It can be particularly valuable for SMEs building or repairing their credit histories. A stronger credit profile not only promotes sustained growth and financial stability but also opens doors to more favorable financing options in the future. 

Potential Risks of Subordinated Debt for SMEs 

While subordinated debt can be a powerful tool for growth, it’s not without risks, which SMEs should approach with due diligence. The primary risk associated with subordinated debt is its higher cost.  

As mentioned, subordinated debt usually comes with higher interest rates than traditional loans. That’s because it’s riskier for lenders, given its lower repayment priority. For SMEs, this could impact their business’s cash flow and financial stability if not properly managed.

Another risk is its “covenants,” which are specific terms limiting certain business activities, like additional borrowing or asset sales. These can restrict an SME’s flexibility in terms of financial and operational decision-making and may impose certain limitations on the company’s ability to raise additional debt. 

Lastly, the subordinated nature of this debt means that in the event of default or liquidation, subordinated debt holders are lower in the pecking order and are, therefore, more likely to incur losses. This riskier positioning could impact an SME’s ability to raise further capital because prospective lenders or investors may view the company as having a higher risk profile.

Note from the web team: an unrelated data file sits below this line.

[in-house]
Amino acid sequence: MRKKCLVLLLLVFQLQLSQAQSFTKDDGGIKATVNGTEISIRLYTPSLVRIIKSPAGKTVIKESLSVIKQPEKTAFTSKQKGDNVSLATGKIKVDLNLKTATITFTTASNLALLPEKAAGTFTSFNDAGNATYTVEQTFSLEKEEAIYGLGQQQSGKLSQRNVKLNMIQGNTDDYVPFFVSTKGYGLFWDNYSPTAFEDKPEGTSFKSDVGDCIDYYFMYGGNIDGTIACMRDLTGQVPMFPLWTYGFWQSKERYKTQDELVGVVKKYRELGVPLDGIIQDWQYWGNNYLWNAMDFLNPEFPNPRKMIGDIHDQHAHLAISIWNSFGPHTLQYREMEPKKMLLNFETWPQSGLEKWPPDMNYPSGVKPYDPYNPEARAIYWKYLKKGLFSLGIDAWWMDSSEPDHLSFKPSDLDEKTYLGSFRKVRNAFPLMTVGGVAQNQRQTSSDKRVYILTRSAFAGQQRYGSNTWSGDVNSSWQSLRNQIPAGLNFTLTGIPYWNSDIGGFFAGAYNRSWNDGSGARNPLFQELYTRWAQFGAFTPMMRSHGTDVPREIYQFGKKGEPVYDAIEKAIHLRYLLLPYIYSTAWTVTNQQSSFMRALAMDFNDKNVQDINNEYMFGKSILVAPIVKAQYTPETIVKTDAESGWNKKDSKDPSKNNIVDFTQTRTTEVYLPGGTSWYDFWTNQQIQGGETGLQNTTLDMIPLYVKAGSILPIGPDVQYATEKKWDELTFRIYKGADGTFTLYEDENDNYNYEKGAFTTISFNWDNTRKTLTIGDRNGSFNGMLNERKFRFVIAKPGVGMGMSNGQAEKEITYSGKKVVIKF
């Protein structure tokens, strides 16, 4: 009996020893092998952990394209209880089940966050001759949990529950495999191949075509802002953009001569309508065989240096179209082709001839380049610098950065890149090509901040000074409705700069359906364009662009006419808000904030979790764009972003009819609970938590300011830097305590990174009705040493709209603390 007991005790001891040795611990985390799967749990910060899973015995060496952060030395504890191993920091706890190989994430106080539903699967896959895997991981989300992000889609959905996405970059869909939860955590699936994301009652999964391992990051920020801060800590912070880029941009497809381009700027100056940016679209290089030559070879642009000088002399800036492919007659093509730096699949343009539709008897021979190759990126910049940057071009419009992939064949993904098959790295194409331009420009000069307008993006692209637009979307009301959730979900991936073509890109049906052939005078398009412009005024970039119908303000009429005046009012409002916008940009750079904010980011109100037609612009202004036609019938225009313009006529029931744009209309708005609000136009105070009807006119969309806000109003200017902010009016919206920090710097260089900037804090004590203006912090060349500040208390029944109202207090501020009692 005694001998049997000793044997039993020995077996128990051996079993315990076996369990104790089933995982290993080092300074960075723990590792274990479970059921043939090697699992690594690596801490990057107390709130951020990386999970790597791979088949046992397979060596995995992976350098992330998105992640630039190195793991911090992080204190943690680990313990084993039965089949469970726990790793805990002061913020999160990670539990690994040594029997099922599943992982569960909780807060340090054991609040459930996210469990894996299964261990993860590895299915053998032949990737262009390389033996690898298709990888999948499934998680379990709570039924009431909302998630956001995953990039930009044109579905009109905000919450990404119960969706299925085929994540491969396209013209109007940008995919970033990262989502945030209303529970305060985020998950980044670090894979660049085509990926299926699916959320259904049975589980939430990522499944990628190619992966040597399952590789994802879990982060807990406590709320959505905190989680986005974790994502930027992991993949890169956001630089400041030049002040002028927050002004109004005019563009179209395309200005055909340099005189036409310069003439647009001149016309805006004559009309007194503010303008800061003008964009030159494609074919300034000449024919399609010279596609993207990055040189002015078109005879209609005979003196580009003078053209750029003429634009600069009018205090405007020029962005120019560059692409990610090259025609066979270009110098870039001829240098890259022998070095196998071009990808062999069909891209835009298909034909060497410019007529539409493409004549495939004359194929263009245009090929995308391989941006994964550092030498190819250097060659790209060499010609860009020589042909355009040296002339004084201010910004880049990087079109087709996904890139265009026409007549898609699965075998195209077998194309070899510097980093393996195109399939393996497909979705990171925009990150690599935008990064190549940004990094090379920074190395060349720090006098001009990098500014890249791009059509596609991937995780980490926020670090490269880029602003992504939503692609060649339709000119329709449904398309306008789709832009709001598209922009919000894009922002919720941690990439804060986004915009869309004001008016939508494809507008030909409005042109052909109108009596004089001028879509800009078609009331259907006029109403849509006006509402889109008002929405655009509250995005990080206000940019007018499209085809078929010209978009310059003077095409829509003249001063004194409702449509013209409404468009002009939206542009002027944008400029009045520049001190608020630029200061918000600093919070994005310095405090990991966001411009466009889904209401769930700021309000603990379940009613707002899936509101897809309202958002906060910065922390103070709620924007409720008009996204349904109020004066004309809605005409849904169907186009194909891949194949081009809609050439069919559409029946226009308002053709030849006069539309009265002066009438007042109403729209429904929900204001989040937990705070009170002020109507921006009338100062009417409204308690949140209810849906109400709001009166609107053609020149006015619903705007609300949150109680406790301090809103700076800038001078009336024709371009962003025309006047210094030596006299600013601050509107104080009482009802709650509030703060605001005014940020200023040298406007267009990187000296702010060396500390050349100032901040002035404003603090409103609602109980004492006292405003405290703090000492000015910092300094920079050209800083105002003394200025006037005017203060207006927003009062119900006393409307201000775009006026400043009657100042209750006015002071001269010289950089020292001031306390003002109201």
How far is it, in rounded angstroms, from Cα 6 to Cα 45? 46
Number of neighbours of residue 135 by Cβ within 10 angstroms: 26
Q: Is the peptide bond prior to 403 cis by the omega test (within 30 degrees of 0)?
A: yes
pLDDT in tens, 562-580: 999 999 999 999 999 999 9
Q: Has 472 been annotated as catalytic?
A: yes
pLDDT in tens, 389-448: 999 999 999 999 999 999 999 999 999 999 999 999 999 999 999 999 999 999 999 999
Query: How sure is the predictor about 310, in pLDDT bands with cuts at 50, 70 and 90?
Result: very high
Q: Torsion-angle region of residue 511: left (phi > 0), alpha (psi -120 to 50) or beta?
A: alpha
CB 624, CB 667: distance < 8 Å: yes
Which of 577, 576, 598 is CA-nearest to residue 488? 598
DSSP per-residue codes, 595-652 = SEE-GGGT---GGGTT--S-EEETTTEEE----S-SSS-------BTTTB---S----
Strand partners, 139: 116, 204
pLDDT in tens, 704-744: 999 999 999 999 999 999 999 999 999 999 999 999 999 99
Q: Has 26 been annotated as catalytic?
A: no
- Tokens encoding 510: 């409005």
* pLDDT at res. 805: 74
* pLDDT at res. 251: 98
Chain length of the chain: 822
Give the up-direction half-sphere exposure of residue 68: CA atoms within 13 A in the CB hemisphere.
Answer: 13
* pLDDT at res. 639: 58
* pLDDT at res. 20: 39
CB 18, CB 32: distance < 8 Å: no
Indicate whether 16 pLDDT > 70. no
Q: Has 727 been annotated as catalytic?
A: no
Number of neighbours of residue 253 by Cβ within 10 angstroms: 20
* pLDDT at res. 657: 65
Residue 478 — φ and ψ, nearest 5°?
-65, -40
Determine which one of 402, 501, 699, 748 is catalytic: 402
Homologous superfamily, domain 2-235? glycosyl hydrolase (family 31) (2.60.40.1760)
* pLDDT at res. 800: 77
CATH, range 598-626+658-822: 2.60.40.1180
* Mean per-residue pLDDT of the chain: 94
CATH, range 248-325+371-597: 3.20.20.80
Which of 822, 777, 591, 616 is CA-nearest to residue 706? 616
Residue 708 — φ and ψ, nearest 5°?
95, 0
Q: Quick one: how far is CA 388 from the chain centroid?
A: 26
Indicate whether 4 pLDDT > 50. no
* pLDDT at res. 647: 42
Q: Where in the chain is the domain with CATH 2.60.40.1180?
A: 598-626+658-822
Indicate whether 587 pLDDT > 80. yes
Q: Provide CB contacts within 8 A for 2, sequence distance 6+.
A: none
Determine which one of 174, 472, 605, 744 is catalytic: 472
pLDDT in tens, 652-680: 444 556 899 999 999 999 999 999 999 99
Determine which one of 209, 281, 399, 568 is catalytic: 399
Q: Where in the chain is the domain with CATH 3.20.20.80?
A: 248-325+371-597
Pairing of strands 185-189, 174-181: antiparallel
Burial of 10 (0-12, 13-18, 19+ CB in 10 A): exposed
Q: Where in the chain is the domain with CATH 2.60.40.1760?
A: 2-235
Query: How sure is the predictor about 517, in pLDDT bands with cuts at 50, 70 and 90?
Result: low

Final Thoughts

Subordinated debt can offer significant benefits for SMEs, such as increased borrowing capacity and flexibility in repayment terms. However, it’s crucial to carefully consider the higher interest rates, potential impact on cash flow, and increased overall debt burden. 

Given the complexity and risks associated with this type of financing, SMEs are strongly advised to seek professional financial advice. It will ensure that subordinated debt aligns with their specific business needs and long-term financial strategy.